- Unequal sexual relationships: The relationship between Daya (Dascha Polanco) and Bennett (Matt McGorry) and the resulting pregnancy is still a source of problems for all involved since it leads to more lies and blackmail. But I thought the contrast between Bennett and Pornstache (Pablo Schreiber) was an interesting one. When Pornstache finds out about the pregnancy and is led to believe the baby is his, he wants to do right by Daya and takes responsibility openly in front of everyone. Pornstache is a horrible human being. So what does it say about Bennett that Pornstache declares his love while he hides and conspired to send someone to prison to cover up something he's responsible for?
- Nicky and Big Boo: Both Nicky and Boo (Lea DeLaria) compete to fuck as many people as possible. I thought it played into the larger theme of trying to find a meaning in other people. And Nicky's attempt to seduce Officer Fischer (Lauren Lapkus) ultimately ends with her telling Fischer that she should leave and never look back. The best thing Fischer can do is build a life for herself instead of looking for a life inside the prison.
- A narcissistic nun: More about Sister Ingalls' (Beth Fowler) activist past is revealed, but she is shown to be publicity hound who cared more about being seen and known than actually fulfill any sort of mission. In the beginning, she went to anti-war rallies and wanted to change the world. But at some point, Sister Ingalls started selling books and was excommunicated from the church. Again, you have a case where a character defines their existence based on how others see her.
- Sympathy for the devil: The living situation at the prison becomes more dire after the plumbing fails. Since Mrs. Figueroa (Alysia Reiner) has been embezzling funds as well as using her position to funnel donor money to her husband's state Senate campaign, repairing the pipes takes a backseat and actually inflames tensions between Vee's girls and Red's faction. What I found most interesting is that Reiner always plays Figueroa from the position of feeling like she's a victim. When she's talking with her husband, Figueroa laments why the press doesn't blame the inequities of the system for the ills instead of investigating her. And to some degree, Figueroa's relationship with her husband is just another example in the show where someone is manipulated to do terrible things by someone else that's only looking out for their own self-interests. Figueroa's husband is having an affair with his chief of staff, and seems to only placate her ideas of having a baby or having a political career of her own.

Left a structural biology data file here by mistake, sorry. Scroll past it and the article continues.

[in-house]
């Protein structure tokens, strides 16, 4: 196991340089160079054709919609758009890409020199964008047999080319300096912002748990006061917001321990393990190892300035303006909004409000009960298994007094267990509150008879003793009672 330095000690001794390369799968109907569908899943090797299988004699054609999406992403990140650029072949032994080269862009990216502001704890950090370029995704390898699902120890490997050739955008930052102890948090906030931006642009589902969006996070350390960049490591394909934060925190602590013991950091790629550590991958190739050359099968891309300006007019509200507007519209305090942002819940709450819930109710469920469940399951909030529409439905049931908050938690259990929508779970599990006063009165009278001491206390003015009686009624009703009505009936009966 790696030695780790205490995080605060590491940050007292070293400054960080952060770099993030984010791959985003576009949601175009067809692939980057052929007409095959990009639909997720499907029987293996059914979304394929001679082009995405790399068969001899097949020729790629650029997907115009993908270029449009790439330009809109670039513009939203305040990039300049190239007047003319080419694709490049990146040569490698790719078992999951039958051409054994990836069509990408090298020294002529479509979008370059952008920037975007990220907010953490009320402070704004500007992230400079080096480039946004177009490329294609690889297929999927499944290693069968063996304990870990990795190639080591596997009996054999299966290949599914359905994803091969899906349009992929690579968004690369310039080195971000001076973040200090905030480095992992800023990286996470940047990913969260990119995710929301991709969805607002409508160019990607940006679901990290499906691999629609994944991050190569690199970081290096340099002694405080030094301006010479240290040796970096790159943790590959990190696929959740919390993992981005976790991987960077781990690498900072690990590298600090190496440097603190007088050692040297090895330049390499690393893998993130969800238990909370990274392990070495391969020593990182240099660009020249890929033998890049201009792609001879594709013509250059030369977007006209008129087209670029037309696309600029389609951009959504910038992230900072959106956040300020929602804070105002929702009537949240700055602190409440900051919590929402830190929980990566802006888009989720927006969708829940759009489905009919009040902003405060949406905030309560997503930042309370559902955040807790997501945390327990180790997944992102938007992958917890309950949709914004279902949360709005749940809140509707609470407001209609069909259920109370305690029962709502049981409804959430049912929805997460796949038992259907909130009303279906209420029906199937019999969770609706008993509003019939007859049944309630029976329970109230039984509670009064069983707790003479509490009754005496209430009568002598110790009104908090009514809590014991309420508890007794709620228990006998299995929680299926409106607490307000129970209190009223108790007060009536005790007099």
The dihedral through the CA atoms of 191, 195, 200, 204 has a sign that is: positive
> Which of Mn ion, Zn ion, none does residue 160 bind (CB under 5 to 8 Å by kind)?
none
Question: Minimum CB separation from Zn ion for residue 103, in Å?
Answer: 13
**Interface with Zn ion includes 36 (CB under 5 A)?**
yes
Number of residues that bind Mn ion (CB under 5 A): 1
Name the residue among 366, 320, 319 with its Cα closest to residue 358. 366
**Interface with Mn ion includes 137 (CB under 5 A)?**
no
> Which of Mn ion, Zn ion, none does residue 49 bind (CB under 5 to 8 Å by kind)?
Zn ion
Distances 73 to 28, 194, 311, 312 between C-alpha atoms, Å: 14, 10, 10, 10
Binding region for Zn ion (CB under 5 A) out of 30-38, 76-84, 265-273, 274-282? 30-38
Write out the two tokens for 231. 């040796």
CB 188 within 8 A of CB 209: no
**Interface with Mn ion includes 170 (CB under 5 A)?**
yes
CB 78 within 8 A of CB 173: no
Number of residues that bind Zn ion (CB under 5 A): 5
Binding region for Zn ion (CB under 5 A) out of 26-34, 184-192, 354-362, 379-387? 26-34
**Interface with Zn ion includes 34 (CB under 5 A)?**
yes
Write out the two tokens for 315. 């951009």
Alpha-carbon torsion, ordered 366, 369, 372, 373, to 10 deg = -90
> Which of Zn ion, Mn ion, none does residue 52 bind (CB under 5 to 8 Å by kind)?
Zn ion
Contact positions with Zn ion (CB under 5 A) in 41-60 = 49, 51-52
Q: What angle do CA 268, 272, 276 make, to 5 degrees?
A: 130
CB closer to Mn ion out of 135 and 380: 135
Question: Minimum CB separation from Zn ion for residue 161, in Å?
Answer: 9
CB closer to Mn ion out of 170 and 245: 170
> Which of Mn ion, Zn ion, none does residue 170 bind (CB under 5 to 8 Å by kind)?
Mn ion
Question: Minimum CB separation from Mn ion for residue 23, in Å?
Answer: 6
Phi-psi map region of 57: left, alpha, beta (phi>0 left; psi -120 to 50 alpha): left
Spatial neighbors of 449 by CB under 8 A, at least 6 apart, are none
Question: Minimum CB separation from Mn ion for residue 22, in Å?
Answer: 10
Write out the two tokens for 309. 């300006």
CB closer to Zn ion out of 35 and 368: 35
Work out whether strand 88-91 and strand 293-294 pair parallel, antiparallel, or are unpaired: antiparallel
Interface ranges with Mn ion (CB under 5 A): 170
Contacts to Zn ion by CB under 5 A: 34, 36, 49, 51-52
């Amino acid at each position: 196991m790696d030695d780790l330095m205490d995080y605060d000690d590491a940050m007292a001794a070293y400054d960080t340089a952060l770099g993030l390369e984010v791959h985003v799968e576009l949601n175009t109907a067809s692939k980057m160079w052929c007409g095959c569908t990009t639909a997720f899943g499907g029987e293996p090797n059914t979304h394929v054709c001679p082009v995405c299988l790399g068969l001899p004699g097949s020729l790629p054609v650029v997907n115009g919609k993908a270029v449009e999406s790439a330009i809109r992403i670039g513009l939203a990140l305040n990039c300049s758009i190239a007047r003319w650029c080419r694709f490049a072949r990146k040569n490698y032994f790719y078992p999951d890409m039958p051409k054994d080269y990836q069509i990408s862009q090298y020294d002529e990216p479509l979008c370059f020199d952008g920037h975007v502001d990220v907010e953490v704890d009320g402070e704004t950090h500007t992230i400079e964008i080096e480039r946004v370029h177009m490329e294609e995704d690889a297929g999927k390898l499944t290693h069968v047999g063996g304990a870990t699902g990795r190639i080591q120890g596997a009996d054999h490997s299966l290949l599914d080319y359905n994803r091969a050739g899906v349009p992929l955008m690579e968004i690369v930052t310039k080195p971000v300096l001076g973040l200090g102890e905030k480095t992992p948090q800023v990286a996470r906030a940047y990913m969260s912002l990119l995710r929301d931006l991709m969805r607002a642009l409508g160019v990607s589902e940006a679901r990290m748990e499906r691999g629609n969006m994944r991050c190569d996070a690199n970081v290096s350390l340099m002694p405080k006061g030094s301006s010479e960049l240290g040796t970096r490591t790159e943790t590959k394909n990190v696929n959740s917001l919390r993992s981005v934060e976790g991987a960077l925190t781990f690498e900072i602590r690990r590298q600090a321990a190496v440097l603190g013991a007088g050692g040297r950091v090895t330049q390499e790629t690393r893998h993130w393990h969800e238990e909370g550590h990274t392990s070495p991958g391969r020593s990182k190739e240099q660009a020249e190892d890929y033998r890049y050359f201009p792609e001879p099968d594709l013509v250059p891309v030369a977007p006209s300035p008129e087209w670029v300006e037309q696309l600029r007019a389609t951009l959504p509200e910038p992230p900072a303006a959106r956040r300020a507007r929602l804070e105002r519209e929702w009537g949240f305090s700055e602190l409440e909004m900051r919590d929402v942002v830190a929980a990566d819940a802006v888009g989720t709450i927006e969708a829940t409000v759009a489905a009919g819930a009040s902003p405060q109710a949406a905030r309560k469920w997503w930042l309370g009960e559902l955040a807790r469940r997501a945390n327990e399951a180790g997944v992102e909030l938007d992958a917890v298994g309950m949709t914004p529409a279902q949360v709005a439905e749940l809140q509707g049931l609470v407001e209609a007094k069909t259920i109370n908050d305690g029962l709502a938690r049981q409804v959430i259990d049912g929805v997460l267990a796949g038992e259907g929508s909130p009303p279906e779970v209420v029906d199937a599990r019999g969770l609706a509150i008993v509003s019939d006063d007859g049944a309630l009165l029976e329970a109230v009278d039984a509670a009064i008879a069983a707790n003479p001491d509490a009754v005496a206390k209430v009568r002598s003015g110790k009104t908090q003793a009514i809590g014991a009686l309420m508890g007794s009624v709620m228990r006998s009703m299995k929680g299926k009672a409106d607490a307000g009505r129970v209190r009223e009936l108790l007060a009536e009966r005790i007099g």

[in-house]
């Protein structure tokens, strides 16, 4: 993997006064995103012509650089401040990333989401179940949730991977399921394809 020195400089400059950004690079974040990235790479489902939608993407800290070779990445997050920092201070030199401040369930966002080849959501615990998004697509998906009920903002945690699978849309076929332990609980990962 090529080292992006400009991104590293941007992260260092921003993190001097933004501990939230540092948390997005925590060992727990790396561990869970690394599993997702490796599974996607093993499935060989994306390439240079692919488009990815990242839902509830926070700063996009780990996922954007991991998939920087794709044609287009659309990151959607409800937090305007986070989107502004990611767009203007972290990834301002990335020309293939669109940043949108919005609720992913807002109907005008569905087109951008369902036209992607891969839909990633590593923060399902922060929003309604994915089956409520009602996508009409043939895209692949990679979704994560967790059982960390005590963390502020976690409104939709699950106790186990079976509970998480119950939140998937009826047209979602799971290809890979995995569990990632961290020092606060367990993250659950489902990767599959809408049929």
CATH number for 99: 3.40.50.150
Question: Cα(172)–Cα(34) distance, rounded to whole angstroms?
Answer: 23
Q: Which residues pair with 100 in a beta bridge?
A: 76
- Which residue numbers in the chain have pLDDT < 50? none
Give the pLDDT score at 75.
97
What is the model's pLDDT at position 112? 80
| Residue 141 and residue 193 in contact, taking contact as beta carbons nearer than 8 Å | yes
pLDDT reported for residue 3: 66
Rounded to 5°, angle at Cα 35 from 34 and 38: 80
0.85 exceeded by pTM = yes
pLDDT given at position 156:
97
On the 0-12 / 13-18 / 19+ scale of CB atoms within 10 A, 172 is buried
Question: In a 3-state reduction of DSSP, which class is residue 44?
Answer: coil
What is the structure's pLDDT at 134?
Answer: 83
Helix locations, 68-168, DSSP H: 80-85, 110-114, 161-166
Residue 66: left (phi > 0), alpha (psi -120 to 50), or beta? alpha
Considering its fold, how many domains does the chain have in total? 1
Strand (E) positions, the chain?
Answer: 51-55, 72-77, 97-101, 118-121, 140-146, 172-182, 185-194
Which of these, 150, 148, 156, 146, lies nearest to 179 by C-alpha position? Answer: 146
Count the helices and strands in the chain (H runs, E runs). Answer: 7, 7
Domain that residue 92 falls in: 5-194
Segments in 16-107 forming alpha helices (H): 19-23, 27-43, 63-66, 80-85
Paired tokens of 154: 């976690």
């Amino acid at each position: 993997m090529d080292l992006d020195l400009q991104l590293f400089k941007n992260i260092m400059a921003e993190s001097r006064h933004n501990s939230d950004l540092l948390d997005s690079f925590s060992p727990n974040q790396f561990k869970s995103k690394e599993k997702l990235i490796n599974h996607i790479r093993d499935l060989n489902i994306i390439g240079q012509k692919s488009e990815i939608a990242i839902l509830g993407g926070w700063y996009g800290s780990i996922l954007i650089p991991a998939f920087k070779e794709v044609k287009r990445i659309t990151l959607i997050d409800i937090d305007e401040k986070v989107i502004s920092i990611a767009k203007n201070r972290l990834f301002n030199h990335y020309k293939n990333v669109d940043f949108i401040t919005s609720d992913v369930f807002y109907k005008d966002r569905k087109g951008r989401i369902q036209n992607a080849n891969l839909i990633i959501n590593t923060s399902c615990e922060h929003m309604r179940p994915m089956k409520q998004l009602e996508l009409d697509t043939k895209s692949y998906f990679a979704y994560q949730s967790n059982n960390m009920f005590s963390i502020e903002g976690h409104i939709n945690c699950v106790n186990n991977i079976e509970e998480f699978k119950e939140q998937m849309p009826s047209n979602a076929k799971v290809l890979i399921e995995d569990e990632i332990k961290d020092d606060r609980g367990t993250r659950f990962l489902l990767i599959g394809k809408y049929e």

- A new day: Whether or not Caputo (Nick Sandow) will really change things at the prison as assistant warden or quickly lose all of his idealism is an open question. Getting Figueroa to blow him in a failed attempt to keep her job wasn't exactly a good sign. Nor was the fact that Caputo tells Bennett to shut up when he attempts to confess that he's the real father of Daya's baby.
- Dying on your own terms: Miss Rosa (Barbara Rosenblat) gets to go out in a blaze of glory, and ultimately murders Vee by running her over. To me, it felt anticlimactic and kind of surreal to just have the coincidence of the stolen van come by at just the moment Vee exits out of the forest. But a lot of the ending is predicated on coincidence and character turns that seem to come out of nowhere. Healy bribes the other guard to make up a work order, and the other women in Vee's group decide to finally turn against her. In both cases, I wasn't particularly sold on the changes of heart given the despicable shit all of those characters had taken part in prior.